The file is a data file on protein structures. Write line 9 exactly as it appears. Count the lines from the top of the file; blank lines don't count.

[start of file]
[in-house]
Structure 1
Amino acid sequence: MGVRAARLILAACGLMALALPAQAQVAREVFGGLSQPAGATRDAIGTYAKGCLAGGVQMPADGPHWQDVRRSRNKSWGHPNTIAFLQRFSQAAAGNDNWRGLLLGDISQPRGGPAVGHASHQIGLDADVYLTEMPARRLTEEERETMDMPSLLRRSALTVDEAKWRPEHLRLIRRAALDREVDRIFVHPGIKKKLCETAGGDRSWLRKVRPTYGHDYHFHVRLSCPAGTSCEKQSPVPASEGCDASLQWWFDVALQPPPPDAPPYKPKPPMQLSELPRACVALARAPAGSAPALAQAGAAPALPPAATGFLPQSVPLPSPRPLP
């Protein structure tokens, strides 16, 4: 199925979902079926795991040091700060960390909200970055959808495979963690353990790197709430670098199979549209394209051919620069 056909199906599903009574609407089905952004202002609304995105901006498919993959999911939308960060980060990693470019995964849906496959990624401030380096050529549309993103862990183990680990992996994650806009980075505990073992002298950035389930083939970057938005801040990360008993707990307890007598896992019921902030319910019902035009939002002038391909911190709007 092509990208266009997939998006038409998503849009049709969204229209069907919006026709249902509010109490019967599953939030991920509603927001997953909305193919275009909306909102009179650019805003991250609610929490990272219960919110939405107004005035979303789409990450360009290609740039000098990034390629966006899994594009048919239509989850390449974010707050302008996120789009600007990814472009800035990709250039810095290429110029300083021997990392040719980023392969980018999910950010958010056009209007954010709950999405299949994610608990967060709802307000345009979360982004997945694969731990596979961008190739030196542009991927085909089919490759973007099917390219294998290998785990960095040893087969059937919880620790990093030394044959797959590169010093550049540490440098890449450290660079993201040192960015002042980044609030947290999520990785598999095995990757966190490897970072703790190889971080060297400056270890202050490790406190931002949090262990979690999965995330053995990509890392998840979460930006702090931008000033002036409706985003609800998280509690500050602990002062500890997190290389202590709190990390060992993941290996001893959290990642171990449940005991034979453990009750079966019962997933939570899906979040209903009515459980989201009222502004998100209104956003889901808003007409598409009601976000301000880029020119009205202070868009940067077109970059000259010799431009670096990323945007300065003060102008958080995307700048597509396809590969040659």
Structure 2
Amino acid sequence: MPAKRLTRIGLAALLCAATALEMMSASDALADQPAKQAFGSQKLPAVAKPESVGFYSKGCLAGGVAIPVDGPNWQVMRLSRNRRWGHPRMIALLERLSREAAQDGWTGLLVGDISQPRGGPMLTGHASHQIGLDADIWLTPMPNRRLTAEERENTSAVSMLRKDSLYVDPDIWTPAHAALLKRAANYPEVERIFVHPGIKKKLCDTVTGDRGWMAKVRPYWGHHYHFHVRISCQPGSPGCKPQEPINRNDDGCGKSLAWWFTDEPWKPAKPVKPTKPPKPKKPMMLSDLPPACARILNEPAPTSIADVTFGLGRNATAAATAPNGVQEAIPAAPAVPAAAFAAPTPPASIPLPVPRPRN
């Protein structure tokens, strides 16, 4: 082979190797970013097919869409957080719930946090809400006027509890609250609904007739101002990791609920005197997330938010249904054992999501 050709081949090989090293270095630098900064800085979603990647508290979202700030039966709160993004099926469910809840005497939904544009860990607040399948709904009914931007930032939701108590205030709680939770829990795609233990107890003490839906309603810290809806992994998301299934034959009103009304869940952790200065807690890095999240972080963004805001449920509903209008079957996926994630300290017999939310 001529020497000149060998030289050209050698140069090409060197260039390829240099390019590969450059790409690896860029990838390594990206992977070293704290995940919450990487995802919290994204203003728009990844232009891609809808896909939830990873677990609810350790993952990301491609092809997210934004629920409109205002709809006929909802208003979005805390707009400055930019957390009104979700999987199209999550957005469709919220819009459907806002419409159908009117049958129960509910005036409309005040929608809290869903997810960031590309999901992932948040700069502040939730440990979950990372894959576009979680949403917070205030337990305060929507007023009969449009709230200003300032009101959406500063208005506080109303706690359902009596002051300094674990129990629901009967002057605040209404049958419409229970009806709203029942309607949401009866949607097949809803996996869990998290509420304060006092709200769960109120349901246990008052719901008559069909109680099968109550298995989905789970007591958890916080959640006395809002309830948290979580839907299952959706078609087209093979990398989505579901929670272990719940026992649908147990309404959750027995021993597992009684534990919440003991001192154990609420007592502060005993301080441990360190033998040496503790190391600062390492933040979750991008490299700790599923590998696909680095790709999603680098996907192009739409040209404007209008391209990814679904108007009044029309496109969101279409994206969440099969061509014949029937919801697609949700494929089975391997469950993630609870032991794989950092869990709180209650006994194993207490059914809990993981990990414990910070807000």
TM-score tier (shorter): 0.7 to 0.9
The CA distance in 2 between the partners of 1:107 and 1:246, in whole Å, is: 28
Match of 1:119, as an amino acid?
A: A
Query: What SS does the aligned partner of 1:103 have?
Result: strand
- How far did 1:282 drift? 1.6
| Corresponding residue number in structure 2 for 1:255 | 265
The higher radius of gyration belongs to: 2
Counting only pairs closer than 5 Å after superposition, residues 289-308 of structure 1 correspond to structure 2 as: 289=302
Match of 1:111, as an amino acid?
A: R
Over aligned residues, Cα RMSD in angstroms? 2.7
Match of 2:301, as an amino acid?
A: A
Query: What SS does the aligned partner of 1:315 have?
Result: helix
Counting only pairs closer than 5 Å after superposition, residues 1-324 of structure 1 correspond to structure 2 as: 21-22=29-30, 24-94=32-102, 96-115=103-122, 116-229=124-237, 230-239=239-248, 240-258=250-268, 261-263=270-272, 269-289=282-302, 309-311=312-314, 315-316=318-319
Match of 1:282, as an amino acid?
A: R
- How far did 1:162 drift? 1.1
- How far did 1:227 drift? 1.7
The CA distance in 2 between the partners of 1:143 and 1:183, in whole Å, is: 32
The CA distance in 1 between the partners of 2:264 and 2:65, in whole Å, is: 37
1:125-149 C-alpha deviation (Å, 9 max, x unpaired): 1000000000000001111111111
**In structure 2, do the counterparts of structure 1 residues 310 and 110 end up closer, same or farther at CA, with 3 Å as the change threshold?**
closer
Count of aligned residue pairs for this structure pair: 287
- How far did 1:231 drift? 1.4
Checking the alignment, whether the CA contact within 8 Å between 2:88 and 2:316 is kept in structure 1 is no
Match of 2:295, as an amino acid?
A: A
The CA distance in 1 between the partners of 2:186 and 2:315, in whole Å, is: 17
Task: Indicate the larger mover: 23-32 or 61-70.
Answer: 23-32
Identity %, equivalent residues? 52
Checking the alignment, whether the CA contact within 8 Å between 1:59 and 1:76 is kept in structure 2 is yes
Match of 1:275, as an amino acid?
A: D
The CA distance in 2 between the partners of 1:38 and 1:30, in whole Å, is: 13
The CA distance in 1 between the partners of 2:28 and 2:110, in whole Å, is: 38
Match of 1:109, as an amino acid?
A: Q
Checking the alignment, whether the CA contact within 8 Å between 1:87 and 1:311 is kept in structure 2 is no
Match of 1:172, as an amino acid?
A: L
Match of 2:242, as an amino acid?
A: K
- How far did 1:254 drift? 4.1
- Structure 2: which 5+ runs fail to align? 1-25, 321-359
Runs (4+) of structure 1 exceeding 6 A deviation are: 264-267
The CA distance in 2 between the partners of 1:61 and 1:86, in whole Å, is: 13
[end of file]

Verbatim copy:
The CA distance in 2 between the partners of 1:107 and 1:246, in whole Å, is: 28